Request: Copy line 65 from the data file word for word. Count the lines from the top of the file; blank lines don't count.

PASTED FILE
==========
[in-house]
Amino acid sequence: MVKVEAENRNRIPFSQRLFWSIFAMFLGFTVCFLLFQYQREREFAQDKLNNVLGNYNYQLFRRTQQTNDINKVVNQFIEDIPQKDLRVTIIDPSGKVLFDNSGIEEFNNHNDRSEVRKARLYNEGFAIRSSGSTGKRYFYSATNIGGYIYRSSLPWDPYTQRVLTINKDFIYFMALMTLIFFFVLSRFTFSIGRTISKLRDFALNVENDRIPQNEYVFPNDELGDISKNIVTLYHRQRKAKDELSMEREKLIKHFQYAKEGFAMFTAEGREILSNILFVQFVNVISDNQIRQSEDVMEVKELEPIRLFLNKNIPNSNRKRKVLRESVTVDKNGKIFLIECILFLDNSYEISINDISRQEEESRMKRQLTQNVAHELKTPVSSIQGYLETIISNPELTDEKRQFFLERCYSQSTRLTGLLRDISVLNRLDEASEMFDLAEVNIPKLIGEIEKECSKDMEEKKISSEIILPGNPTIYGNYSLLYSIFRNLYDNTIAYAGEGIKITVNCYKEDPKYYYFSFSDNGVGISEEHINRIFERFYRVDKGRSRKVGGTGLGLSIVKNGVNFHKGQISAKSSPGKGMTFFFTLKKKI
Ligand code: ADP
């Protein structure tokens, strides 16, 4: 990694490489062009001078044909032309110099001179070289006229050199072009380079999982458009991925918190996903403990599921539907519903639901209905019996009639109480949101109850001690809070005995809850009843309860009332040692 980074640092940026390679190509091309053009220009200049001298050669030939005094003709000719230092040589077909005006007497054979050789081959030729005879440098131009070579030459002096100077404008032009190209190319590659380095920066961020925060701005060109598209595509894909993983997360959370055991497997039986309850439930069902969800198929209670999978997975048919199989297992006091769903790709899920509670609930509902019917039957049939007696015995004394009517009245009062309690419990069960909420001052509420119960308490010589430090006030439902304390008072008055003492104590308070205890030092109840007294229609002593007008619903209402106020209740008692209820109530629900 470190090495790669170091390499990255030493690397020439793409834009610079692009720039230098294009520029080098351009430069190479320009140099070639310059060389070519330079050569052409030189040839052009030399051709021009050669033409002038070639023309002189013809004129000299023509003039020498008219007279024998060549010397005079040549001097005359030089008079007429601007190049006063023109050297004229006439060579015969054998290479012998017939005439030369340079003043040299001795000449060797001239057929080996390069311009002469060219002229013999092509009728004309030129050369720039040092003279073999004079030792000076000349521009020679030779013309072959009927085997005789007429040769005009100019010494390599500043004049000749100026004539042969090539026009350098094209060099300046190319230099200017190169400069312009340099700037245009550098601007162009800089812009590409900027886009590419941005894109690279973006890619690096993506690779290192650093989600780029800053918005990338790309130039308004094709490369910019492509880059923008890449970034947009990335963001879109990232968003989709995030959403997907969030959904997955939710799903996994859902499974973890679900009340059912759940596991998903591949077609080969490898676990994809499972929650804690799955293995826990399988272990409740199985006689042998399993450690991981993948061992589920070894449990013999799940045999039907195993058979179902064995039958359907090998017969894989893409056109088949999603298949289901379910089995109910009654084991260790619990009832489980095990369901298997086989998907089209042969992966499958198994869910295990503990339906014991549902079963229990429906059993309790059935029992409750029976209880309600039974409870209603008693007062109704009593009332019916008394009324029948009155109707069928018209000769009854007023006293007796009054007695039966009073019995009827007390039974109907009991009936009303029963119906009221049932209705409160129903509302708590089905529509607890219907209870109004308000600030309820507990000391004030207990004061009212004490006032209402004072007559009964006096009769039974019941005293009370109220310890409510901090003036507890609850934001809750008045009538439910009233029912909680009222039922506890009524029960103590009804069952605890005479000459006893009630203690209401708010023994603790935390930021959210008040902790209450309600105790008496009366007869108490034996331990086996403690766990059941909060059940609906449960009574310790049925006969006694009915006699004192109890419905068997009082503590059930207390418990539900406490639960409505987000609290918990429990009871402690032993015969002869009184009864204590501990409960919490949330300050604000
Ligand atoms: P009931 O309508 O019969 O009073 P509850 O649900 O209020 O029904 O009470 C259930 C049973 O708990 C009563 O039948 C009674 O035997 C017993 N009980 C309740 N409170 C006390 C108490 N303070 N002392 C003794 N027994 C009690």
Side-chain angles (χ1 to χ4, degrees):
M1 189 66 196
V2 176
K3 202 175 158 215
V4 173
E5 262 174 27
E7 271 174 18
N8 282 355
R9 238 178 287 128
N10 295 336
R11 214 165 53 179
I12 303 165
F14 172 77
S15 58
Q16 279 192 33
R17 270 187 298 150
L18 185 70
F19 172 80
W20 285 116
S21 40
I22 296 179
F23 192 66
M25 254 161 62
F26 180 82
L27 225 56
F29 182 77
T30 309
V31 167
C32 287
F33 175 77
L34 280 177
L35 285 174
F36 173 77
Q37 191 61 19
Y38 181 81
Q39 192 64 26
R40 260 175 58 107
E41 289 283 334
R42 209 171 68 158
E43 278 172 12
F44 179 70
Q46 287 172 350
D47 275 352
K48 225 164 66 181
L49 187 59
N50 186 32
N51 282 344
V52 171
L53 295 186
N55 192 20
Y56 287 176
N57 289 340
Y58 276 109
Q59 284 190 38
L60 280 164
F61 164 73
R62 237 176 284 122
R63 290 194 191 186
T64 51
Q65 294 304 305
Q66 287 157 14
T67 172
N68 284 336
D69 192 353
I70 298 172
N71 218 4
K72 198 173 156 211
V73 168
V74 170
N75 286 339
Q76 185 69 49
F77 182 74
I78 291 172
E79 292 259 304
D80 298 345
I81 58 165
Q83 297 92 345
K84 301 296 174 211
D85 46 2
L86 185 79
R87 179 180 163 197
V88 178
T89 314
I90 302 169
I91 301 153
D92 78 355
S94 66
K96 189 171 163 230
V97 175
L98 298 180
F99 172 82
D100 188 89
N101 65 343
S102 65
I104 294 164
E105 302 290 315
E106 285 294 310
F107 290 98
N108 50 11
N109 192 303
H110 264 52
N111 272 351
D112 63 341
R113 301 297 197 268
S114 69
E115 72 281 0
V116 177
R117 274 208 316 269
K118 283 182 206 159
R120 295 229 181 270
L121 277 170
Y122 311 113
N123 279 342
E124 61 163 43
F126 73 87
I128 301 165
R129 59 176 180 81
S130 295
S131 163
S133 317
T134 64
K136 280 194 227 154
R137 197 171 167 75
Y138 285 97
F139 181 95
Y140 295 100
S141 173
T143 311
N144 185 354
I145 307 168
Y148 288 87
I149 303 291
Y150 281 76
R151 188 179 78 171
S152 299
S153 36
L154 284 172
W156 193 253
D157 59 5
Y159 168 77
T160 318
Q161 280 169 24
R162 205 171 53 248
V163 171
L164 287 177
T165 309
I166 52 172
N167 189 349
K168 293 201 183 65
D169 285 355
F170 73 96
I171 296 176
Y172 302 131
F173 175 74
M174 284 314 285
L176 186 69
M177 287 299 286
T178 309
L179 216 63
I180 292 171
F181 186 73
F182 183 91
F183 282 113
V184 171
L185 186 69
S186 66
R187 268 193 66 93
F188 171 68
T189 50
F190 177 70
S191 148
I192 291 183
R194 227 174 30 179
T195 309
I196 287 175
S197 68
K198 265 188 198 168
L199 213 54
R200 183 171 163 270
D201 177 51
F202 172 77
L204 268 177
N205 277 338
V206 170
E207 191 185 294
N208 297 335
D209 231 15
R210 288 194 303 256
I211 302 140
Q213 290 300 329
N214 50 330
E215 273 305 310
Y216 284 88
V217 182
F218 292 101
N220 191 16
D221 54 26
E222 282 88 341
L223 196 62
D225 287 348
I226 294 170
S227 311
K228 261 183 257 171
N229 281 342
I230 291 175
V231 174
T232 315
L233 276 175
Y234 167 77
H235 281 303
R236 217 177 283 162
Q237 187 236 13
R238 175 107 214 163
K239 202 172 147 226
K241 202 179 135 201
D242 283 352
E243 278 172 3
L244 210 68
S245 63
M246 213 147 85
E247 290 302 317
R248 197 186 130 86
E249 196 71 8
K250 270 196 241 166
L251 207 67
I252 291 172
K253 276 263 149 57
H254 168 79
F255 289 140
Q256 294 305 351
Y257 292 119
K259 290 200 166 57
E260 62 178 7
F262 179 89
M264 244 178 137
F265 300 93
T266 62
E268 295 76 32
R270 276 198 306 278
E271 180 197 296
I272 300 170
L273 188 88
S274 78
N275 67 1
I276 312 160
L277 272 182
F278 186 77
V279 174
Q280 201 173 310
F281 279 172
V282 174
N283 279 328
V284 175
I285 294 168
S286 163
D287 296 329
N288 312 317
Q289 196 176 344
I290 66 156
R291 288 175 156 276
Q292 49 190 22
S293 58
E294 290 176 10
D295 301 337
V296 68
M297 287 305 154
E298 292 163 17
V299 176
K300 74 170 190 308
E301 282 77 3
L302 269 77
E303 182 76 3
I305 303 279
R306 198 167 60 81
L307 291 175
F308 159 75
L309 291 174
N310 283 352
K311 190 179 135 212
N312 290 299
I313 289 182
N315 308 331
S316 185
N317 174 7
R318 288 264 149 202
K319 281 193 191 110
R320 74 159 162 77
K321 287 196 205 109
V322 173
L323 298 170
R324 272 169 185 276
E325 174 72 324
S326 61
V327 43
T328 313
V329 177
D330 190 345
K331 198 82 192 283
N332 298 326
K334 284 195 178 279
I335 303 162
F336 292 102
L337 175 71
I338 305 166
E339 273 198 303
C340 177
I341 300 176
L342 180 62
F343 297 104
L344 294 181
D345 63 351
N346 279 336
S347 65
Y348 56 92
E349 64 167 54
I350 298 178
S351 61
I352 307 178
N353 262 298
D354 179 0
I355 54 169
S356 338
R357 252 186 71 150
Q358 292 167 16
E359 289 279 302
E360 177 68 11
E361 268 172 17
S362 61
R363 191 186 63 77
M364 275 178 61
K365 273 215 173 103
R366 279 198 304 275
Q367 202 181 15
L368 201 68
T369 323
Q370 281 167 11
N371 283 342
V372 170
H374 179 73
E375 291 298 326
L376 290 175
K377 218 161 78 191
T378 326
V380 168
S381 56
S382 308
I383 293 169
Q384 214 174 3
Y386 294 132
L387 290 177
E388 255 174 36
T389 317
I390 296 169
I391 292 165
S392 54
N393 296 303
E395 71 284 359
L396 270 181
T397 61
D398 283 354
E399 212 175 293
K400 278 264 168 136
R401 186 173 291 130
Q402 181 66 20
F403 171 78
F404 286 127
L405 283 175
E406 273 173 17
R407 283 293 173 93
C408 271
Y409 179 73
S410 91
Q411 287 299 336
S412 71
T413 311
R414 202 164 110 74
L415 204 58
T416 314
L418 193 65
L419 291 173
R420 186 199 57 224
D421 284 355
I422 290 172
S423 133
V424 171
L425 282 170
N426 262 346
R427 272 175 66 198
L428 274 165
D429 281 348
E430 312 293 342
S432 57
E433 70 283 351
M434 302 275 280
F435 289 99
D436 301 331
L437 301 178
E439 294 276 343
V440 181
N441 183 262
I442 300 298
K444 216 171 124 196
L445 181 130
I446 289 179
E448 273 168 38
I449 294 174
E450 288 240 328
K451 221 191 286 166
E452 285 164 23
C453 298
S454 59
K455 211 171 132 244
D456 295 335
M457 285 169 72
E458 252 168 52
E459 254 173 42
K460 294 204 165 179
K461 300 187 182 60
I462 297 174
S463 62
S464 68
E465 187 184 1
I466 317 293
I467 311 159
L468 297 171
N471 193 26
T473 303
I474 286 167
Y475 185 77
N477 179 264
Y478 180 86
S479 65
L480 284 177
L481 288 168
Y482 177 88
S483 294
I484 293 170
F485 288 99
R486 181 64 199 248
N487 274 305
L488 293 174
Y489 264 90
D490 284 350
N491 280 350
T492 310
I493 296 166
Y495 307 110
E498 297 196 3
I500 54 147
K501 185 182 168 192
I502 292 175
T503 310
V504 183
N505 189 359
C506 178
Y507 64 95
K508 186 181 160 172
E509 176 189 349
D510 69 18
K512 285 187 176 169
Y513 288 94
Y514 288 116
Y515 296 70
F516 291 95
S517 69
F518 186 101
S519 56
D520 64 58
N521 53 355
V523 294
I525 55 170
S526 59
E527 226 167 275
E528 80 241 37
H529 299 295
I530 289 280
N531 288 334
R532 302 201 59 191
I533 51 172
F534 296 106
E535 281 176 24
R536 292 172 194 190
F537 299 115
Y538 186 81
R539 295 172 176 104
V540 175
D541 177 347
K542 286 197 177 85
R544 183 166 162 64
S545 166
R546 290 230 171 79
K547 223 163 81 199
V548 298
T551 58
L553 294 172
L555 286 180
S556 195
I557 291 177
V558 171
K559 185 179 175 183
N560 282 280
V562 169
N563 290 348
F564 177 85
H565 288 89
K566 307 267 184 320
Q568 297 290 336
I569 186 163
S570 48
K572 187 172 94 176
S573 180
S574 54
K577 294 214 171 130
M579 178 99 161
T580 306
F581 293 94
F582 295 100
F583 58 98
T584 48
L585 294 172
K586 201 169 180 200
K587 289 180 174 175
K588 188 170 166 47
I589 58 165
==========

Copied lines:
Q65 294 304 305